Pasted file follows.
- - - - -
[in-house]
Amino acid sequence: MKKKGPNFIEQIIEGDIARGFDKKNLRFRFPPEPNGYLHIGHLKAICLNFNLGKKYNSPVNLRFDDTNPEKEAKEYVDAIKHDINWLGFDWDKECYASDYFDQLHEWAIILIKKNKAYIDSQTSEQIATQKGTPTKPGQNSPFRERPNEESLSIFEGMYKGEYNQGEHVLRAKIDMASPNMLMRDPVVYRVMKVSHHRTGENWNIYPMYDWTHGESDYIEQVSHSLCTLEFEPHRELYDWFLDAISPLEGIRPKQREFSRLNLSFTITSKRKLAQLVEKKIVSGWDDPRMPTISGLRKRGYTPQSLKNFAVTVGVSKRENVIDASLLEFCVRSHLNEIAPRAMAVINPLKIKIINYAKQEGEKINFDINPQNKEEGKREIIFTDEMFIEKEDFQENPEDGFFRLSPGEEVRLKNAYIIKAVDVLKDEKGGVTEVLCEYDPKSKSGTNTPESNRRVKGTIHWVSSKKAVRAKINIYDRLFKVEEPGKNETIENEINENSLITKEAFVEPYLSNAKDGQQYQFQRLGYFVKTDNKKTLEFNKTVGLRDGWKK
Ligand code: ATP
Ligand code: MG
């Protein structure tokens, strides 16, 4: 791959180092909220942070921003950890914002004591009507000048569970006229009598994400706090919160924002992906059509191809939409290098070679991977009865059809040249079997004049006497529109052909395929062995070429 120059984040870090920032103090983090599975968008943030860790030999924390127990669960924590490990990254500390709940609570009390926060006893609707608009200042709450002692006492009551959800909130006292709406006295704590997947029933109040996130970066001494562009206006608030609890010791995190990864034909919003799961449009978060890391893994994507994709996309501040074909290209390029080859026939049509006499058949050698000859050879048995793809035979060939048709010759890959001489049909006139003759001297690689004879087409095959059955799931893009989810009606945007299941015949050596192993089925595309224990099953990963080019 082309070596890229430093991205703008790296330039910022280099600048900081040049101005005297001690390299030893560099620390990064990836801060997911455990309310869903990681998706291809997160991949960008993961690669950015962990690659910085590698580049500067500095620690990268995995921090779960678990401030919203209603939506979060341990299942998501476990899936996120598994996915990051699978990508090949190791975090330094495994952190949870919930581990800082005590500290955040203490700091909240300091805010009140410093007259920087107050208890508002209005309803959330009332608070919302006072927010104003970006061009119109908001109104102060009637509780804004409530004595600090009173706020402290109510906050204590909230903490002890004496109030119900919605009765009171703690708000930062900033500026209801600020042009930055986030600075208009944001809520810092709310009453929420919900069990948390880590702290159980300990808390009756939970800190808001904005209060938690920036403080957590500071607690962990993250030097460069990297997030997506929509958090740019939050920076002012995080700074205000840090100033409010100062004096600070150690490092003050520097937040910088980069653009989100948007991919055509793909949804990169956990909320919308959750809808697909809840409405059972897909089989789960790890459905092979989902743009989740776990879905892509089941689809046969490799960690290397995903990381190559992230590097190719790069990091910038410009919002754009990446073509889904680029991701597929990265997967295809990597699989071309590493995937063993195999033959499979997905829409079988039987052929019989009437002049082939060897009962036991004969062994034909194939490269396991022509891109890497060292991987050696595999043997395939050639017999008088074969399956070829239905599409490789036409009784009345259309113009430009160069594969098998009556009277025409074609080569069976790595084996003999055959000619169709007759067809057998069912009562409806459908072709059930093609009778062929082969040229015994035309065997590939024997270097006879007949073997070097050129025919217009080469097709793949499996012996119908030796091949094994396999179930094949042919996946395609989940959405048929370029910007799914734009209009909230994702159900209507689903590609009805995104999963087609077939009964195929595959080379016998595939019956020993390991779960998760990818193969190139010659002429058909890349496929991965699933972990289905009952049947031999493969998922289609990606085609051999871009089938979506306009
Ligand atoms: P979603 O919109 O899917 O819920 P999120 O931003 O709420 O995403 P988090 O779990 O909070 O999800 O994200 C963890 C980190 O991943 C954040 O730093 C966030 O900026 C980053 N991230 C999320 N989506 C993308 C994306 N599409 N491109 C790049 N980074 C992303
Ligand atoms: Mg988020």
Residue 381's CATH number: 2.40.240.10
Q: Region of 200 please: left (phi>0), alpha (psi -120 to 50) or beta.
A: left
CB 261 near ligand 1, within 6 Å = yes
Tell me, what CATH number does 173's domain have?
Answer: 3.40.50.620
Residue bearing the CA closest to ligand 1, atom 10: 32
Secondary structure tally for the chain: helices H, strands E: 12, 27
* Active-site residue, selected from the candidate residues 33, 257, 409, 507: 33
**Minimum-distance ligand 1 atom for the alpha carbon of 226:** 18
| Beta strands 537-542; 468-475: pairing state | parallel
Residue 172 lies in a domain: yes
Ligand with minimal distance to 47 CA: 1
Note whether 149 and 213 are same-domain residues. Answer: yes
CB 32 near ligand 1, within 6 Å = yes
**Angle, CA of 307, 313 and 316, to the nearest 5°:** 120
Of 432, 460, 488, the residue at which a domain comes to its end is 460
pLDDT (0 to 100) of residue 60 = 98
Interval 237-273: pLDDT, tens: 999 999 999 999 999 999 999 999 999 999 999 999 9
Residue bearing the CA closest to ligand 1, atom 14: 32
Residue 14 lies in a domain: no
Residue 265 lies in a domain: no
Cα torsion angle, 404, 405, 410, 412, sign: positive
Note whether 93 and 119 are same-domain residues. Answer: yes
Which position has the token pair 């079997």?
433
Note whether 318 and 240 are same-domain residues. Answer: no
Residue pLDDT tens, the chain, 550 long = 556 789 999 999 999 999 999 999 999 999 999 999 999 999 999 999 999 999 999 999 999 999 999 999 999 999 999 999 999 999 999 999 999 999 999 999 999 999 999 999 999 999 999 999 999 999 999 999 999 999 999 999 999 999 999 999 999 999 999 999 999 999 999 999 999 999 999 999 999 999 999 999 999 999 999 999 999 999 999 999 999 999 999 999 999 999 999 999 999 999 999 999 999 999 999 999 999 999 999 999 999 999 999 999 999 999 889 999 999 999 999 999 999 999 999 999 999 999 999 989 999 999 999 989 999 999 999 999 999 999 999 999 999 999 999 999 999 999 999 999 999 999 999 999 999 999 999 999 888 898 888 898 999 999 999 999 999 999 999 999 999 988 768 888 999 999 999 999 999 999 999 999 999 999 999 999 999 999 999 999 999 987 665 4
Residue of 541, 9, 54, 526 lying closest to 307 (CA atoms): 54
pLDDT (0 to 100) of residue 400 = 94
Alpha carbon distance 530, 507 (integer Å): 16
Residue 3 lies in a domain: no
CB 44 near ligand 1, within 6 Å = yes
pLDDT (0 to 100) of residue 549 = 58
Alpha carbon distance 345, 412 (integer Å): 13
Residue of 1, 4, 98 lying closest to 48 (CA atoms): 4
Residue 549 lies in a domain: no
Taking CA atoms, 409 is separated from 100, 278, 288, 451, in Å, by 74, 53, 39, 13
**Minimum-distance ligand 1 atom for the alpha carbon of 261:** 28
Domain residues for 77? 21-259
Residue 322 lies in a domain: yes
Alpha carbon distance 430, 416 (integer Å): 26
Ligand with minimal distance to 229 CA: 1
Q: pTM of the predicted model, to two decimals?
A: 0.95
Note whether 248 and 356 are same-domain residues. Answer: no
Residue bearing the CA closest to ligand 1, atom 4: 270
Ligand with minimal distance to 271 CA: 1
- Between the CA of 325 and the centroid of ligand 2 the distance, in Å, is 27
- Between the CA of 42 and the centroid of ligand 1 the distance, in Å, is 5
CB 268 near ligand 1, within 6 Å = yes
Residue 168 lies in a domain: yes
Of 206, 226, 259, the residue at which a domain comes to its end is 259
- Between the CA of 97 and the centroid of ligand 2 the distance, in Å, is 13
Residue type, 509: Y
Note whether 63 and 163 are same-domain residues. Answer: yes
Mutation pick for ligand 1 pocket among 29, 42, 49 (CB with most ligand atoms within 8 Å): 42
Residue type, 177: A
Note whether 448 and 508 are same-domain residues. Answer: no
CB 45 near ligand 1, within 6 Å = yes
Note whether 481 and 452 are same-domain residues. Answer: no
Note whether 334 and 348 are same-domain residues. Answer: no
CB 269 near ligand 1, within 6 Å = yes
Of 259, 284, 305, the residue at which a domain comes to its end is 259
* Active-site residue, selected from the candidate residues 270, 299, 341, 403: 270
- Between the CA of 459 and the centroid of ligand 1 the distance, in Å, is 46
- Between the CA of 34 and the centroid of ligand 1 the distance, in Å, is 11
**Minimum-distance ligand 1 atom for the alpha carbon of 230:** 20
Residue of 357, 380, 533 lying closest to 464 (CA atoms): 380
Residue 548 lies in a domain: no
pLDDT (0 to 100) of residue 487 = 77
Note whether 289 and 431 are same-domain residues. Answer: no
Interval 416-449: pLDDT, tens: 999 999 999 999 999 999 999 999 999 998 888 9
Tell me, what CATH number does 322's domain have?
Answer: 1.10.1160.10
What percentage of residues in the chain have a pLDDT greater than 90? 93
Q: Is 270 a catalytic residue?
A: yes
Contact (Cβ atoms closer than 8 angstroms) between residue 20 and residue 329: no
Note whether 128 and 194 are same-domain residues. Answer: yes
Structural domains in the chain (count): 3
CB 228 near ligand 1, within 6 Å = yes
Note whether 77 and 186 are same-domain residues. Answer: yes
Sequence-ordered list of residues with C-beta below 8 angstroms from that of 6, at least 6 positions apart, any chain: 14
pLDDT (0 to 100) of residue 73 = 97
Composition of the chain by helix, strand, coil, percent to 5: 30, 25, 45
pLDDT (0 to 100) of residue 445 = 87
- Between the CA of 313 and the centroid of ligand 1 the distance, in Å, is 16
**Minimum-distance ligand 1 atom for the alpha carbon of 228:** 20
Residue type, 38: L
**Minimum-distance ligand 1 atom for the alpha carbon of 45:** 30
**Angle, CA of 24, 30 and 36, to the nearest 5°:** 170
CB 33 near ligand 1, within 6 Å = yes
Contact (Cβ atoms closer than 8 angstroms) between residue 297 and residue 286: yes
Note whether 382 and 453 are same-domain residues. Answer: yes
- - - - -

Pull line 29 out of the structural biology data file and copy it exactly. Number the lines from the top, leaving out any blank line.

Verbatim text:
Residue 265 lies in a domain: no